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Spice box

Spice box

  • Place of origin:

    London (made)

  • Date:

    1728-1729 (made)

  • Artist/Maker:

    Tanqueray, Anne, born 1691 - died 1733 (maker)

  • Materials and Techniques:

    Silver with gilt interior, engraved, raised and cast, pierced steel grater

  • Credit Line:

    Given by Mr. and Mrs. W.W. Simpson through Art Fund support

  • Museum number:

    M.181:1-1913

  • Gallery location:

    In Storage

The spice box was a French introduction to English silver. The earliest London examples bear Huguenot makers' marks. The gilded interiors protect the silver from oxidisation caused by the salt. This box was marked by Anne Tanqueray, the daughter and wife of Huguenot goldsmiths, who registered her own lozenge-shaped maker's mark at Goldsmiths' Hall after the death of her husband, David Tanqueray, in about 1724.

Physical description

A silver octagonal spice box with two gilded compartments and a central cylindrical steel nutmeg grater on four claw feet. Engraved with the royal cipher GR within the Garter Ribband, crowned. The maker's mark AT is surmounted by a sun with a scallop shell below in a lozenge (indicating female gender)

Place of Origin

London (made)

Date

1728-1729 (made)

Artist/maker

Tanqueray, Anne, born 1691 - died 1733 (maker)

Materials and Techniques

Silver with gilt interior, engraved, raised and cast, pierced steel grater

Marks and inscriptions

Engraved with the royal cypher GR within a Garter Ribband crowned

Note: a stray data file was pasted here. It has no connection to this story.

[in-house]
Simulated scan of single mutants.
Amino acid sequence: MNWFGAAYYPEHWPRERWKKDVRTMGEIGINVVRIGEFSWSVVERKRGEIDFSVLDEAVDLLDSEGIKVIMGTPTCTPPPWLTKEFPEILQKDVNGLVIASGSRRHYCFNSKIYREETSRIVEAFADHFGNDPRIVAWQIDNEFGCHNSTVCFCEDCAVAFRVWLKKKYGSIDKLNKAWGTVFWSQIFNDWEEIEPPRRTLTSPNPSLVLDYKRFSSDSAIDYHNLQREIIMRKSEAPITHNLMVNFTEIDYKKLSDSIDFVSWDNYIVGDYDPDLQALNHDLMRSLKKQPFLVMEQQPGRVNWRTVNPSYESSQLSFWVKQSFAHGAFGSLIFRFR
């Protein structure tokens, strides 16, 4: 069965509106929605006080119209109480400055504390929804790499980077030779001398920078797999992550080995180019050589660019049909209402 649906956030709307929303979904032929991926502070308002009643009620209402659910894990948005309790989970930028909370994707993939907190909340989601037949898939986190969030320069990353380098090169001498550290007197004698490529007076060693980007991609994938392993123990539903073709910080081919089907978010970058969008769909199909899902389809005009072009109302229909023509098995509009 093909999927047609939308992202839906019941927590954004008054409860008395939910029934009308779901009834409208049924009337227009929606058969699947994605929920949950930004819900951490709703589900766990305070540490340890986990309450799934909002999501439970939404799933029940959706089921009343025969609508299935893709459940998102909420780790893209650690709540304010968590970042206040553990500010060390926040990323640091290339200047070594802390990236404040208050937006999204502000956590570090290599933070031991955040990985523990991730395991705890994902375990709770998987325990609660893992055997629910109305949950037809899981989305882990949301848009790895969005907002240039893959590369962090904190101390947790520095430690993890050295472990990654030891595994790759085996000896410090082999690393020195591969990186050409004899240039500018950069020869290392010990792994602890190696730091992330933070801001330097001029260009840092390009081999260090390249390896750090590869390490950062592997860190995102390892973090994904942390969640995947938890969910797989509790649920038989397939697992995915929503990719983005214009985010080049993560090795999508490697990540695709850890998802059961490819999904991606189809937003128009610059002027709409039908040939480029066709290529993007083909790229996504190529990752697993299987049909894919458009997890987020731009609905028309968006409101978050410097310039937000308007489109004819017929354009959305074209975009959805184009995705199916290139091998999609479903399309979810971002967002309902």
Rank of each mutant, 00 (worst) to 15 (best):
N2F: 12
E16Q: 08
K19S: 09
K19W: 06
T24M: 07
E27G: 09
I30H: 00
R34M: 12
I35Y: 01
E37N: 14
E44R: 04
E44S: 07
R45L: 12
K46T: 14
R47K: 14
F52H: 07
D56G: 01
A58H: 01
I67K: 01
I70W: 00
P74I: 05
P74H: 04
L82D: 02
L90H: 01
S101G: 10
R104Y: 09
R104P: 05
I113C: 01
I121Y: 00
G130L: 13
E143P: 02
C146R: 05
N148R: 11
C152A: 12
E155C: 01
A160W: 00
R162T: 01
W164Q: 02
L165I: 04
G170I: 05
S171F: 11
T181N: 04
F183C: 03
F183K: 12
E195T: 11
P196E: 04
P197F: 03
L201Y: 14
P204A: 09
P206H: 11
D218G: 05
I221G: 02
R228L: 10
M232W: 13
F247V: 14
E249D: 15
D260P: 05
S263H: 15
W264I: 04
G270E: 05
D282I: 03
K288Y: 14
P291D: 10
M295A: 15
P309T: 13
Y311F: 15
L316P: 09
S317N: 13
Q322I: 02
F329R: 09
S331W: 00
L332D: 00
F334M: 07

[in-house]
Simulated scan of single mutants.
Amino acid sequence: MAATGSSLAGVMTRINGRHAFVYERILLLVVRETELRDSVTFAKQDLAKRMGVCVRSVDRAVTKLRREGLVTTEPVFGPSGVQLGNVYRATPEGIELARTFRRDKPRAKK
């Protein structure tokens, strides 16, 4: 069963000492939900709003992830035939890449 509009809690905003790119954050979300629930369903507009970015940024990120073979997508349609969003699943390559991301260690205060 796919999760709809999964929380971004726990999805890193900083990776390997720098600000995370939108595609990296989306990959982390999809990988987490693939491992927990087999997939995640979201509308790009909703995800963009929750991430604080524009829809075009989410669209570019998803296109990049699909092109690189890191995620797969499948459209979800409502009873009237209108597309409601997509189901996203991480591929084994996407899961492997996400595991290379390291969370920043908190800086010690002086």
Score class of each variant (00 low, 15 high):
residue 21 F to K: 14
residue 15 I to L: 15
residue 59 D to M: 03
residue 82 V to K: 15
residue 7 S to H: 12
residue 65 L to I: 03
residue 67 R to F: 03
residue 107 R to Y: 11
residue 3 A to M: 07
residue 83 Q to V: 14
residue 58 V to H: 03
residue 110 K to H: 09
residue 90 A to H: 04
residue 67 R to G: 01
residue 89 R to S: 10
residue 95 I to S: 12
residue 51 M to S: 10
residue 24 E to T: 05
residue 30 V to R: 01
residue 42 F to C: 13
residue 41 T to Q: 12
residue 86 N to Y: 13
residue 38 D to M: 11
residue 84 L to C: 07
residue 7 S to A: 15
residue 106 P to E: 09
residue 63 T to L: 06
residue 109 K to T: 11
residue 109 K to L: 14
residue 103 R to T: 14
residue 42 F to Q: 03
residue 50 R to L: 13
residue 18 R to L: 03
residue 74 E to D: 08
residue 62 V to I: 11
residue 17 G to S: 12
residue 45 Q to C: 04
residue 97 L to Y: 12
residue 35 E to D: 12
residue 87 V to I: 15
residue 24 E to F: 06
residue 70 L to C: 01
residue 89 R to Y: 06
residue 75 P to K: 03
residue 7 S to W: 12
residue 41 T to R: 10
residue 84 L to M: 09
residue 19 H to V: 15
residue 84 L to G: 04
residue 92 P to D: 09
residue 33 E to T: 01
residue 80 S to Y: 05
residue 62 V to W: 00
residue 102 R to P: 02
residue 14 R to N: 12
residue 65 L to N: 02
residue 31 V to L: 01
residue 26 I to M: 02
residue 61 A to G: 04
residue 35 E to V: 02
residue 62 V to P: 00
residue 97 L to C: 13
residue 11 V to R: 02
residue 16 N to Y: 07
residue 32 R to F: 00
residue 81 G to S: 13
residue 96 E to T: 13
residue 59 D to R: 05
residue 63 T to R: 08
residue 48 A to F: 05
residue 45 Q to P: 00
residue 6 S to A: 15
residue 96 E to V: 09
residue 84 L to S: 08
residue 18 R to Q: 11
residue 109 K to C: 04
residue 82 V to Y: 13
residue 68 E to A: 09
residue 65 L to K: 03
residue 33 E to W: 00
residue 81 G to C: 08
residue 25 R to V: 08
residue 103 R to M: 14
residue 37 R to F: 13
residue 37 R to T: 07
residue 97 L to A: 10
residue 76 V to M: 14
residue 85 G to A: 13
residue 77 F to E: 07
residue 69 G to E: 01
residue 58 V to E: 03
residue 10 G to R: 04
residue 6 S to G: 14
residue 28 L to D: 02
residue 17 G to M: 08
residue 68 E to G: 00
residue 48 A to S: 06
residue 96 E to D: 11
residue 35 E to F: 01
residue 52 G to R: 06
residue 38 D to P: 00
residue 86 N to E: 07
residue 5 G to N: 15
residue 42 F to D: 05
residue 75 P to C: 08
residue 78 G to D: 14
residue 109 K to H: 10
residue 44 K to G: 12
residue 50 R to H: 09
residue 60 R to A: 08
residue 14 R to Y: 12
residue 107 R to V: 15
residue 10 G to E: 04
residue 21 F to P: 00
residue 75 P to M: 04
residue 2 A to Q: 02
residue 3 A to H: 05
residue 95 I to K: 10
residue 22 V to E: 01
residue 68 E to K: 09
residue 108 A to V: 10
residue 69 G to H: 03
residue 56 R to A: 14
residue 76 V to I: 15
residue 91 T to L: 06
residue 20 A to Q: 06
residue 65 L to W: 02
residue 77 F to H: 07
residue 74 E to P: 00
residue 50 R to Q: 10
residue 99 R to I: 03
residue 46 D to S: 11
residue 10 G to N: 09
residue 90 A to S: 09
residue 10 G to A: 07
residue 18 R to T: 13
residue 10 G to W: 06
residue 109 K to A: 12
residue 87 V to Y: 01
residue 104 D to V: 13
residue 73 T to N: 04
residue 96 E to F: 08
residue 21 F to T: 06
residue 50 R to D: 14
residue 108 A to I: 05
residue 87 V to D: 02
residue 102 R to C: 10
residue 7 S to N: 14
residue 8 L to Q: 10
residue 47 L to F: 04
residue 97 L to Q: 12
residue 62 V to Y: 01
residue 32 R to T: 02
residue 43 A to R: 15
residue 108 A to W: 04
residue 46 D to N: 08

GR for Georgius REX
An indication that this was a royal order during the reign of George II (1727-1760)

Town mark: London

Dimensions

Height: 6.5 cm, Length: 11.75 cm, Width: 8 cm, Weight: 476.5 g

Object history note

Gift - Mr.& Mrs WW Simpson
through the NACF
Acquisition RF: 13 / 6110

Historical context note

The spice box is a French form which is rare in English silver known as a salt box in the early 18th century. The two compartments were intended for salt and pepper. The cylindrical grater is for nutmeg, a spice which was much used in the early 18th century, particularly for punch and other warm alchoholic drinks

Descriptive line

An octagonal silver spice box in two sections with gilt interior on four claw feet with in the centre a cylindrical steel grater.

Silver,English

Silver,English

Bibliographic References (Citation, Note/Abstract, NAL no)

V&A Catalogue, 1920, No. 100, pl.38.

Labels and date

SPICE BOX
Silver
London, 1728-9
Mark 'AT' with a sun and scallop shell for Anne Tanqueray

The form derives from a contemporary French model used by Huguenot goldsmiths. The central socket contains a nutmeg grater and the other compartments could hold a choice of condiments. By the early eighteenth century, following French practices in dining, the spice box was an essential element of the civilised table. The engraver garter badge indicates that the box was issued by the Jewel House to a court official.

Given by Mr and Mrs W.W.Simpson
M.181-1913
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Materials

Silver; Gold leaf; Steel

Techniques

Engraving; Gilding; Raising; Casting

Categories

Eating; Silver; Tools & Equipment

Collection

Metalwork Collection

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